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Inside Afghanistan After The Taliban (2006 Foreign Press)

Sarah Chayes

Extended book review by Harry Rosenberg

What a marvelous book! Spellbinding in its intensity; history in novel form with real life characters--warts and all. Chayes does it all. As an NPR reporter and later as a political analyst and activist-on-the-ground developing the local business infrastructure she became arguable the foremost expert on Afghanistan. Fluent in the Pashtun language and observant of Ramadan, she quickly made friends of the powerful as well the many. Her even handedness and obvious will to further fortunes of the Afghanis and their various social sectors gave her the in other journalists lacked. She was protected by the Taliban as well as those who came to power with their defeat. As her network grew, so did her perspective. Chayes grew to love the Kandahar, and lived there some years. Read on for some of the highlights--confirmed over the last four years since her book was published.

Of Pashtun society Chayes has this to say:

    “Pashtun society--lacking the mechanisms of a strong state--tends to settle disputes among its members not by striving for some ideal of justice that would need enforcing, but by means of practical conflict-resolution techniques. The aim is to achieve a workable settlement that satisfies both parties sufficiently for it to stick, and not immediately spawn further conflict. … During these parlays, however the criminal is protected. The honor of both parties depends on it.”

This particular insight, and numerous others like it, gave Chayes insights into the many disparate behaviors of he various Afghani societies.

Along with education, Chayes also observed how misguided even the most benevolent foreign (read that mostly American) meddling in governance could be.

Chayes also spends considerable time at developing the historical perspectives of life and times in Afghanistan. In that rendition, the special place Kandahar occupies in history is illuminated. That history, in one example, gave rise to the myth that Afghanistan is not conquerable. This is an outsider’s projection. In truth, Afghanis only want to be left alone by the imperialists, the USSR and the US being only the last of a long list of would-be conquerors. When you live in an inhospitable land, it is both easy to trade space for time, for preserving their own heritage by setting traps for enemy patrols and even armies. Invader after invader fell into the same trap. Only Ghengis Khan was able to pacify Afghanistan--for times beyond one generation. In the end the Afghanis expelled even these most-successful of invaders.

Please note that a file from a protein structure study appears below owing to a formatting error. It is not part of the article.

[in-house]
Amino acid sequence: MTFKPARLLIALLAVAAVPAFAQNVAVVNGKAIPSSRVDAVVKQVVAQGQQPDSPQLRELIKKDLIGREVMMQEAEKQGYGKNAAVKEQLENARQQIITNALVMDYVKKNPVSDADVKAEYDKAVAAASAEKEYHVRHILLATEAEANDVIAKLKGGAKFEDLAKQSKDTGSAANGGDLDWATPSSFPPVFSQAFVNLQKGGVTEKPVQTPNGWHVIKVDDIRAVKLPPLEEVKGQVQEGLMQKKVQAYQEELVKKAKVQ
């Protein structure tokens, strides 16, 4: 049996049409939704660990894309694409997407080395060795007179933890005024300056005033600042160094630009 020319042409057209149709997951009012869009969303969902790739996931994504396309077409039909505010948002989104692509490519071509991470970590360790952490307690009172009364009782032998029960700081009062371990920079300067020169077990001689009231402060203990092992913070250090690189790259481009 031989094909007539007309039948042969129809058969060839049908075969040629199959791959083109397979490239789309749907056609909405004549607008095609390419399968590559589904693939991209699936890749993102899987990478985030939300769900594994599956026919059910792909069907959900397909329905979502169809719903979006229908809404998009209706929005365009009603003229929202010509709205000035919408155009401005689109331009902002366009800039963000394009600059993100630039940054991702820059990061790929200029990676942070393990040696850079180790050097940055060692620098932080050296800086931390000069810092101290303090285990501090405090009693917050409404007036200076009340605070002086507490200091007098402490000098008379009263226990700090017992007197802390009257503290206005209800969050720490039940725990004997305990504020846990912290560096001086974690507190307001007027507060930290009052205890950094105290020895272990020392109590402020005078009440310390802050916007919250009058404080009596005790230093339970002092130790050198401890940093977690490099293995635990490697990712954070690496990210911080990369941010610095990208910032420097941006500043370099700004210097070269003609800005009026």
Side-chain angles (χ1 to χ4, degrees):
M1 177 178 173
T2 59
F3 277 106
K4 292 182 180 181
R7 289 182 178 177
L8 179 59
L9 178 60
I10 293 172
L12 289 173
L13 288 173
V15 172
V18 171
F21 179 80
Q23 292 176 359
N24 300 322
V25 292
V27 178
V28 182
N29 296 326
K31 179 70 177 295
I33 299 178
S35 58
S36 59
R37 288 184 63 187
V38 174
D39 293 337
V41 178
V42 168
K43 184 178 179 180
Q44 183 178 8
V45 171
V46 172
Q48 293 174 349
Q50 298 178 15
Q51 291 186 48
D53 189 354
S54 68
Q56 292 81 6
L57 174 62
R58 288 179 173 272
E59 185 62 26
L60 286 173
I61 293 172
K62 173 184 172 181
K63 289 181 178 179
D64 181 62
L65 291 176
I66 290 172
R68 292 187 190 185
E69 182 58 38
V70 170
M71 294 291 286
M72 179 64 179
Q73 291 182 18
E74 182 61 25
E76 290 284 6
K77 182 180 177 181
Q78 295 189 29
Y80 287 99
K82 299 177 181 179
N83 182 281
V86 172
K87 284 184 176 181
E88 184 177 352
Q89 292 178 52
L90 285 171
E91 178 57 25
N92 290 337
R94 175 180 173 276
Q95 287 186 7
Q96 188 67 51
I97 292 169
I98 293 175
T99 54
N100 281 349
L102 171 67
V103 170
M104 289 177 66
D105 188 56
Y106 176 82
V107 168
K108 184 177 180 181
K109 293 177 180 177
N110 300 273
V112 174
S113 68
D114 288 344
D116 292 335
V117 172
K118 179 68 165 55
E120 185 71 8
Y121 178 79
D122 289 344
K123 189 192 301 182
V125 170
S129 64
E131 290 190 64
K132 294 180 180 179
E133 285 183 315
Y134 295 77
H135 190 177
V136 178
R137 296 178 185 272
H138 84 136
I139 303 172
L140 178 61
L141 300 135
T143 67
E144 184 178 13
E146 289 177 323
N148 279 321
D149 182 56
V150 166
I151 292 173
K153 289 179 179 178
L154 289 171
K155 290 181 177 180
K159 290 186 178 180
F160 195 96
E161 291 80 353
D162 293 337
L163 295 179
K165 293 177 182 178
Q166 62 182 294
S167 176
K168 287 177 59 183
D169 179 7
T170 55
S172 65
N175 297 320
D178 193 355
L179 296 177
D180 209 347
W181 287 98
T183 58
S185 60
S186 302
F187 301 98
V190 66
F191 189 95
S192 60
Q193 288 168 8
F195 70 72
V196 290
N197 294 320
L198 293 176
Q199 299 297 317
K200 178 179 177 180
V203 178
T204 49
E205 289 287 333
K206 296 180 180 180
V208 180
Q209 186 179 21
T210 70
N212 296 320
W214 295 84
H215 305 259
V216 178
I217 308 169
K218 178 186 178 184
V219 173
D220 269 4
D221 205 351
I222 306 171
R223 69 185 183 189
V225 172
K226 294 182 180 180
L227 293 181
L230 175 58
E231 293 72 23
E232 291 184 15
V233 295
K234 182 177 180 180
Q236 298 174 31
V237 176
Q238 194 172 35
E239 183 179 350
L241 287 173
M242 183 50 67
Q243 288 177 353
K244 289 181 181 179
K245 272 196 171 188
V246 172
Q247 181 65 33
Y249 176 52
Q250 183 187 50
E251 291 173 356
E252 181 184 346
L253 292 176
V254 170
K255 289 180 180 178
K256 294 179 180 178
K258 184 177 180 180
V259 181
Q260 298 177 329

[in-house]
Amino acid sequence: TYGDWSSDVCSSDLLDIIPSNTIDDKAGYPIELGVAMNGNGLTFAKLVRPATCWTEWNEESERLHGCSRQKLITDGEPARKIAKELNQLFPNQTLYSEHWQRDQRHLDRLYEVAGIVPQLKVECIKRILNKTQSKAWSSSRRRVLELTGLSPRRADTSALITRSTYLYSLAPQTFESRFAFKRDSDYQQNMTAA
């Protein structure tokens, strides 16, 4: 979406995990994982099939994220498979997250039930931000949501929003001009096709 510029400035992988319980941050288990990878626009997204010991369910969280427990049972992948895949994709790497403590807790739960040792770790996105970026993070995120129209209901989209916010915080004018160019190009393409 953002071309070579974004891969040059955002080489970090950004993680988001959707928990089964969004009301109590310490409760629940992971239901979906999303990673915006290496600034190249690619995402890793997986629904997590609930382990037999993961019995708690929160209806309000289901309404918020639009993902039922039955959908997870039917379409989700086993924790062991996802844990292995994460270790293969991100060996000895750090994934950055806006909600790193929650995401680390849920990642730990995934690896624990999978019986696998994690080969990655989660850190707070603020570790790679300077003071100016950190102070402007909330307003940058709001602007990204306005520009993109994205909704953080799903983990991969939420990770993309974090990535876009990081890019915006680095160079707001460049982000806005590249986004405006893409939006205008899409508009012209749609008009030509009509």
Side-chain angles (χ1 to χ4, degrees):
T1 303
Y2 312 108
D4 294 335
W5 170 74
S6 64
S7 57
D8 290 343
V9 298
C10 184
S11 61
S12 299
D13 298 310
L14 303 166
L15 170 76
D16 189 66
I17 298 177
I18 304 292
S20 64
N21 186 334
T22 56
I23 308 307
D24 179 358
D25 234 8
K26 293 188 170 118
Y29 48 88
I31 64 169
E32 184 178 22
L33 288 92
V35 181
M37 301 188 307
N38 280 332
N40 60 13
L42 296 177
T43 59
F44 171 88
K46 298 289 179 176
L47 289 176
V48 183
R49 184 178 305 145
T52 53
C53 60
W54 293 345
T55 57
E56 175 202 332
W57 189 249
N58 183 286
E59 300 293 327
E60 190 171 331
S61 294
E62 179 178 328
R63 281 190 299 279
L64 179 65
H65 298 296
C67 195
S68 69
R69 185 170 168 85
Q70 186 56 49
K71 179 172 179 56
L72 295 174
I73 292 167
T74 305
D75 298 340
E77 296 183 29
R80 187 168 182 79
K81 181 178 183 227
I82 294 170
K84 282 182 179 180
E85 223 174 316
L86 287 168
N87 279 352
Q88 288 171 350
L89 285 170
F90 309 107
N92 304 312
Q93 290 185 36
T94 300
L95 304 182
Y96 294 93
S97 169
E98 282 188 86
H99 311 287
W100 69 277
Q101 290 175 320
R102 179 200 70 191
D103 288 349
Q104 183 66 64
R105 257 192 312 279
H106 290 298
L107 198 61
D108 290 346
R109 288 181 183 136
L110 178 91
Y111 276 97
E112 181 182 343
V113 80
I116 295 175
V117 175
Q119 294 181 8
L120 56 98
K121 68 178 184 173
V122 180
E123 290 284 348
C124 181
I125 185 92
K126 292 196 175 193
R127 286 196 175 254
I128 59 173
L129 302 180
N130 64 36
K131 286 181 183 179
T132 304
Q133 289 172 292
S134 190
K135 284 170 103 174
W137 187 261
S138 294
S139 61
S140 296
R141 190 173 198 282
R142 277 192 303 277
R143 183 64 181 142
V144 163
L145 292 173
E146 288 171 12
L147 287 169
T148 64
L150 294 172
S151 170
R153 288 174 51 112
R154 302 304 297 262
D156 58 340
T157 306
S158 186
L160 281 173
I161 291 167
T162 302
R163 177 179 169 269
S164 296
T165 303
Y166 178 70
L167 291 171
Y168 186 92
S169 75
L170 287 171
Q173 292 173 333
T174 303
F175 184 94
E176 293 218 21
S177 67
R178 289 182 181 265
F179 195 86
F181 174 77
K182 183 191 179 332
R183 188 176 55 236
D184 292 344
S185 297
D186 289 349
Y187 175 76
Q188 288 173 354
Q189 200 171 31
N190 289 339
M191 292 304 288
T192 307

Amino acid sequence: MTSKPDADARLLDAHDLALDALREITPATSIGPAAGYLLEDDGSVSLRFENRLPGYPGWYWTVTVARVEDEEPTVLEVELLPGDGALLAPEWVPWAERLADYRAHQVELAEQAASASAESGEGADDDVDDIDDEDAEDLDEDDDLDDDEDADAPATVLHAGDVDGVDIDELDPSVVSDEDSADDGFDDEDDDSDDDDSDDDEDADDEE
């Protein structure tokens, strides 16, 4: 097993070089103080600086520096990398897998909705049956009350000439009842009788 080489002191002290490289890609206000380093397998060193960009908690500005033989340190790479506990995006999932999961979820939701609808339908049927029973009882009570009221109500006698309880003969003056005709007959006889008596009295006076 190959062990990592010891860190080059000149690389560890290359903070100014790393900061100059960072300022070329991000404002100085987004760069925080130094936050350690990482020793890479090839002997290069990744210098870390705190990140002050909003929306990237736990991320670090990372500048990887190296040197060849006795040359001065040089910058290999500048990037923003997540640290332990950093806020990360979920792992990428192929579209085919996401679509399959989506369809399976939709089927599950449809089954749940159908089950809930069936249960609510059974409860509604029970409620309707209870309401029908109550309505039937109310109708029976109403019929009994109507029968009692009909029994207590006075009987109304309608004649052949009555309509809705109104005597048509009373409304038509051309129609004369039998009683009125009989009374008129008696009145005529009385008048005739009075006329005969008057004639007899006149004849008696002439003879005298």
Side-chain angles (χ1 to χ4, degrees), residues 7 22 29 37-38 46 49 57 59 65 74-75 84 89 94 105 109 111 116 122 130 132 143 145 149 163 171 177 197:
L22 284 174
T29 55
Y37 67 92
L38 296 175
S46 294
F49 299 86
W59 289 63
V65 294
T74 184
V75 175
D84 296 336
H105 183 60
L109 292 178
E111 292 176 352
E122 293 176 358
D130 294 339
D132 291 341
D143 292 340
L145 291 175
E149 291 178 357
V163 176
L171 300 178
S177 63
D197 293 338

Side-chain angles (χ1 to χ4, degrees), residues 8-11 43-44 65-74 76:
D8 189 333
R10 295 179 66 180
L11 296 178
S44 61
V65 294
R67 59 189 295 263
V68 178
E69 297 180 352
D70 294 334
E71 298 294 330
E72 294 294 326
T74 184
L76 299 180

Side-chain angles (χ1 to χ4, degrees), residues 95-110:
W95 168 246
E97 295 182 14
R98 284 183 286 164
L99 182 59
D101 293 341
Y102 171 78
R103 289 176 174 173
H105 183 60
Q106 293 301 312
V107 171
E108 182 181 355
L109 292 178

Individual Americans can be respected, as Chayes proved. It is the system we imposed that is hated. Afghanistan has become just another tin-pot dictatorship supported by Uncle Sam. On the human side, the billions poured in to solve misunderstood problems mostly end up in the pockets of the Warlord-in-chief, his family and close collaborators. On the policy side, we emphasized rebuilding Kabul at the expense of the rest of the country. (The most immediate and compelling infrastructure element needed by far was a decent road connecting Kabul and Kandahar.) And on the action side, it was one opportunity missed after another. The wrong people were given power only because they were yes-men to American Interests, not proponents of the Afghanistan people. This only reinforced the local strong men with aspirations of their own.

The Afghanis want democracy as much as any other people--they turned our in droves at the first voting opportunity. Women began to feel free. It was not to last; blunder after blunder led to authoritarian government and returning women to the ignorant servile class to serve men--the real power brokers.